• Does not say single words by 16 months.
  • Does not say two-word phrases by 24 months.
  • Loses words or social skills.

People with autism may:

  • The symptoms may vary from mild to severe.
  • Be sensory seeking (i.e. may lick objects).
  • Be sensory defensive (overwhelmed by sounds, visual stimulation, or tactile contact).  May cover their ears or eyes, or run away from the stimulus.
  • Stress out and have meltdowns during transitions (i.e.going from the parking lot into a store).
  • Scream in a store.
  • Have intense tantrums when daily routines are changed.
  • Have unusual and repetitive hand or body movements (i.e. fluttering fingers, looking sideways, etc.).
  • Have repetitive or nonsensical vocalizations.
  • Have limited communication skills (i.e. unable to make requests, or express thoughts or feelings).
  • Depending on the severity, may never speak, or lose acquired words.
  • Not use objects for their intended purpose (i.e. lining up toys).
  • Not empathize or understand the feelings or intent of others.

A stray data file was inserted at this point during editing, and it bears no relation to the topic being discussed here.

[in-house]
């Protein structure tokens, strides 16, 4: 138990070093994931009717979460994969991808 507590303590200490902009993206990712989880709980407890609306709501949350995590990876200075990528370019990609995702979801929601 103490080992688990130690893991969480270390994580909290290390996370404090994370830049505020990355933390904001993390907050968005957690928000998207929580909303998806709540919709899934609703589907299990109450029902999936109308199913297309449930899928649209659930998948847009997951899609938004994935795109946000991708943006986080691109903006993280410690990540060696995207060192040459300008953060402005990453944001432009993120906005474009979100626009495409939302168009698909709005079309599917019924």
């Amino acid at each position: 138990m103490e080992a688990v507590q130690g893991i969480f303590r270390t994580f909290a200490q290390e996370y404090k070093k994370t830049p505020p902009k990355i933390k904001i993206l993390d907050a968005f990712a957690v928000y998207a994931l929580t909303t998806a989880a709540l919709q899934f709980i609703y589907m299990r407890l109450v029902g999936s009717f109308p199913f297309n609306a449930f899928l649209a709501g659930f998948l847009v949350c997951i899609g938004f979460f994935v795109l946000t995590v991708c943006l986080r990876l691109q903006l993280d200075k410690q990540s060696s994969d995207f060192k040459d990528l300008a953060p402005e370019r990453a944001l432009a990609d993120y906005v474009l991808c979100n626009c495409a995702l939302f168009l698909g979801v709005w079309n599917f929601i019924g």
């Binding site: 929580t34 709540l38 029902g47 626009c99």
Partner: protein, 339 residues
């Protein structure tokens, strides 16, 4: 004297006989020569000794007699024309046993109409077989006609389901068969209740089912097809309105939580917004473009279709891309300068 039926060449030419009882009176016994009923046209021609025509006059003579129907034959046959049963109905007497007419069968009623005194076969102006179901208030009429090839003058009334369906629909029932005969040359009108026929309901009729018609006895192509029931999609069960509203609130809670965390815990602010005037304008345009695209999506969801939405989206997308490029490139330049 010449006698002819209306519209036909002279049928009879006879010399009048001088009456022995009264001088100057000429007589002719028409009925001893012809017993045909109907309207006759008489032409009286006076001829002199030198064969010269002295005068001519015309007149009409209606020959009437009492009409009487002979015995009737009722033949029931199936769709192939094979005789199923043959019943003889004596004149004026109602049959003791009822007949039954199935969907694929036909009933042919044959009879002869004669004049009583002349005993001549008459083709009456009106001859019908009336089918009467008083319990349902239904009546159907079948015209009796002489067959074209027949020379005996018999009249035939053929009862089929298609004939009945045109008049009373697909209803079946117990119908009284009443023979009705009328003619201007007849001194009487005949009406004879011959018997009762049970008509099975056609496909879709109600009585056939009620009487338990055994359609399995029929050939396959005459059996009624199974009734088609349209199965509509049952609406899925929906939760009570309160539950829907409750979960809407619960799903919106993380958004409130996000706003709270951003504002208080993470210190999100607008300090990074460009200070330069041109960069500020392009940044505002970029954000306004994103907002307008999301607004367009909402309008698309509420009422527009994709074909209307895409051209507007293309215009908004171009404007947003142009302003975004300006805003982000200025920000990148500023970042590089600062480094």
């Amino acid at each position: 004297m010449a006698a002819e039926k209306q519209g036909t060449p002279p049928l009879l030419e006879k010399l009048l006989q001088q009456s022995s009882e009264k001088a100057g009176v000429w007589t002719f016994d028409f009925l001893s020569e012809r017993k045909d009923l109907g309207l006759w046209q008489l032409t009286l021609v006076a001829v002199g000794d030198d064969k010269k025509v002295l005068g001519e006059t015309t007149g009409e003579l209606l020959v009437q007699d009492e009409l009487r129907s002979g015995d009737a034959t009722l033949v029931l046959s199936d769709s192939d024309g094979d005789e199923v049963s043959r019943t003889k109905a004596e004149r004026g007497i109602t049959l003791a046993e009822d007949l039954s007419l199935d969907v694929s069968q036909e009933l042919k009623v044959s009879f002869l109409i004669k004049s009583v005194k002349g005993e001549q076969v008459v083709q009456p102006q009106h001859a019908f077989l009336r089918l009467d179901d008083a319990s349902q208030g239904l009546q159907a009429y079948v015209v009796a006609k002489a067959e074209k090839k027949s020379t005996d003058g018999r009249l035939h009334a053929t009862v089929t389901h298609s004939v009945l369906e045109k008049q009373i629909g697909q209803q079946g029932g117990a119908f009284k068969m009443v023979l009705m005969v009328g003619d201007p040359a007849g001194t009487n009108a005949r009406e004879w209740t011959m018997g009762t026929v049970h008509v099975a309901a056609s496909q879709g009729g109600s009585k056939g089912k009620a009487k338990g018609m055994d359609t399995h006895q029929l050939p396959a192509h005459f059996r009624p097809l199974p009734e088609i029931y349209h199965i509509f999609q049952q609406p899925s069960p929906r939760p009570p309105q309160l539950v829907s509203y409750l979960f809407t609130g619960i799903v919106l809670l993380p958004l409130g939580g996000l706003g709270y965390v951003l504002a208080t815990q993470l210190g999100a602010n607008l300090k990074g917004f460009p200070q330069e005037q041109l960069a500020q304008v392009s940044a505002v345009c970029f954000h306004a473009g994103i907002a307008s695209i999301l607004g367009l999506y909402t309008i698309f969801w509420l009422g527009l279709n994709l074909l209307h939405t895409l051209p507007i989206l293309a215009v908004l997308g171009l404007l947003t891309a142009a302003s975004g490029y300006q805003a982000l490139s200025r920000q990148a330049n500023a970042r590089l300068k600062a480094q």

• Not play interactive games with others.
  • Have limited or no eye contact with others.
  • Prefer ritualistic solitary play
  • Not engage in imaginative play (i.e. does not pretend).
  • Not think abstractly (i.e. tends to think in a concrete/ literal way).
  • Not imitate others (mirroring cells do not work properly).
  • Have a short attention span.
  • Excessively perseverate with a particular activity (i.e. will repeatedly rewind and watch the credits of a movie).
  • Seem to be wired backwards (i.e. fearful of ‘safe’ situations, but fearless in dangerous ones).
  • Tend to wander away (requiring the need for locks on all the exit doors).
  • Gravitate towards water (drowning is the #1 cause of death for ASD kids).
  • Ignore others, trying to get their attention.
  • Tantrum when requested to comply with a task.
  • Be aggressive and lash out at others, when stressed (i.e. biting, scratching, pinching, headbutting, etc.).
  • Academically lag behind, due to impaired language comprehension.
  • Have a self-restricting and limited diet (i.e. eats less than 5 different food items).


Airlines – will not allow disruptive individuals to board a plane. ASD children and their families are escorted off the plane if the child is too vocal, not cooperative, or combative.

Hotels – ASD children tend to wander out of hotel rooms.

Vacations – Maladaptive behaviors, meltdowns, tantrums, and complicated logistics often prevent families from taking family vacations.